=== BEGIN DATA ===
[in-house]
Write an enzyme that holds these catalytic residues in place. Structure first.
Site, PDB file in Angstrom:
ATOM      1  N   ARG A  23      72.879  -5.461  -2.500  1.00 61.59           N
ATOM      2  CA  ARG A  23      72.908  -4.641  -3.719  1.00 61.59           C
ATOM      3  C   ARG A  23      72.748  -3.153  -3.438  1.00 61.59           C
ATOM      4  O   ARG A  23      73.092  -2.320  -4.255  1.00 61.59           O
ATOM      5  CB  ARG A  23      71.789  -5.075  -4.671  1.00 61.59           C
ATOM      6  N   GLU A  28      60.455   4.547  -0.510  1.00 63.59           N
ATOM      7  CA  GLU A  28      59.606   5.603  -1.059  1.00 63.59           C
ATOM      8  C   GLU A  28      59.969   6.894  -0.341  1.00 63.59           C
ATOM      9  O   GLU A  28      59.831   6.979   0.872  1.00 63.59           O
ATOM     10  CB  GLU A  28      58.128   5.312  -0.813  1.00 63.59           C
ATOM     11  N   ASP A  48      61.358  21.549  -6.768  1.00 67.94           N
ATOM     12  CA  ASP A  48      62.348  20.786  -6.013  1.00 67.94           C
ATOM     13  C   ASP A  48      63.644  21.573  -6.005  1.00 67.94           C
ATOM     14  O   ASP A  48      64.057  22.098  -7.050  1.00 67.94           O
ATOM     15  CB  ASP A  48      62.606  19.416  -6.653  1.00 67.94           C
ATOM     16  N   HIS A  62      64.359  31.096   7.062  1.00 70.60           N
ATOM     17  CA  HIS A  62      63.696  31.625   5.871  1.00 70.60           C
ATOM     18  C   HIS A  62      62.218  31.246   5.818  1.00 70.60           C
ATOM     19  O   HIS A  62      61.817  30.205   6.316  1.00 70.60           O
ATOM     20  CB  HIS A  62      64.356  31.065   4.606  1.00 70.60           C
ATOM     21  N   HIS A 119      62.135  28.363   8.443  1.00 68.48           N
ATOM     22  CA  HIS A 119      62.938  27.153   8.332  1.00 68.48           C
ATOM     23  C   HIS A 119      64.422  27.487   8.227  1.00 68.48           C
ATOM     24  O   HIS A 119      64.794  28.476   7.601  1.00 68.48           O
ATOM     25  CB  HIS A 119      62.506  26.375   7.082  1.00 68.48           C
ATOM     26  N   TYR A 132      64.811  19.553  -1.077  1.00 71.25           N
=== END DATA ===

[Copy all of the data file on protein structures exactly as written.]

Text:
[in-house]
Write an enzyme that holds these catalytic residues in place. Structure first.
Site, PDB file in Angstrom:
ATOM      1  N   ARG A  23      72.879  -5.461  -2.500  1.00 61.59           N
ATOM      2  CA  ARG A  23      72.908  -4.641  -3.719  1.00 61.59           C
ATOM      3  C   ARG A  23      72.748  -3.153  -3.438  1.00 61.59           C
ATOM      4  O   ARG A  23      73.092  -2.320  -4.255  1.00 61.59           O
ATOM      5  CB  ARG A  23      71.789  -5.075  -4.671  1.00 61.59           C
ATOM      6  N   GLU A  28      60.455   4.547  -0.510  1.00 63.59           N
ATOM      7  CA  GLU A  28      59.606   5.603  -1.059  1.00 63.59           C
ATOM      8  C   GLU A  28      59.969   6.894  -0.341  1.00 63.59           C
ATOM      9  O   GLU A  28      59.831   6.979   0.872  1.00 63.59           O
ATOM     10  CB  GLU A  28      58.128   5.312  -0.813  1.00 63.59           C
ATOM     11  N   ASP A  48      61.358  21.549  -6.768  1.00 67.94           N
ATOM     12  CA  ASP A  48      62.348  20.786  -6.013  1.00 67.94           C
ATOM     13  C   ASP A  48      63.644  21.573  -6.005  1.00 67.94           C
ATOM     14  O   ASP A  48      64.057  22.098  -7.050  1.00 67.94           O
ATOM     15  CB  ASP A  48      62.606  19.416  -6.653  1.00 67.94           C
ATOM     16  N   HIS A  62      64.359  31.096   7.062  1.00 70.60           N
ATOM     17  CA  HIS A  62      63.696  31.625   5.871  1.00 70.60           C
ATOM     18  C   HIS A  62      62.218  31.246   5.818  1.00 70.60           C
ATOM     19  O   HIS A  62      61.817  30.205   6.316  1.00 70.60           O
ATOM     20  CB  HIS A  62      64.356  31.065   4.606  1.00 70.60           C
ATOM     21  N   HIS A 119      62.135  28.363   8.443  1.00 68.48           N
ATOM     22  CA  HIS A 119      62.938  27.153   8.332  1.00 68.48           C
ATOM     23  C   HIS A 119      64.422  27.487   8.227  1.00 68.48           C
ATOM     24  O   HIS A 119      64.794  28.476   7.601  1.00 68.48           O
ATOM     25  CB  HIS A 119      62.506  26.375   7.082  1.00 68.48           C
ATOM     26  N   TYR A 132      64.811  19.553  -1.077  1.00 71.25           N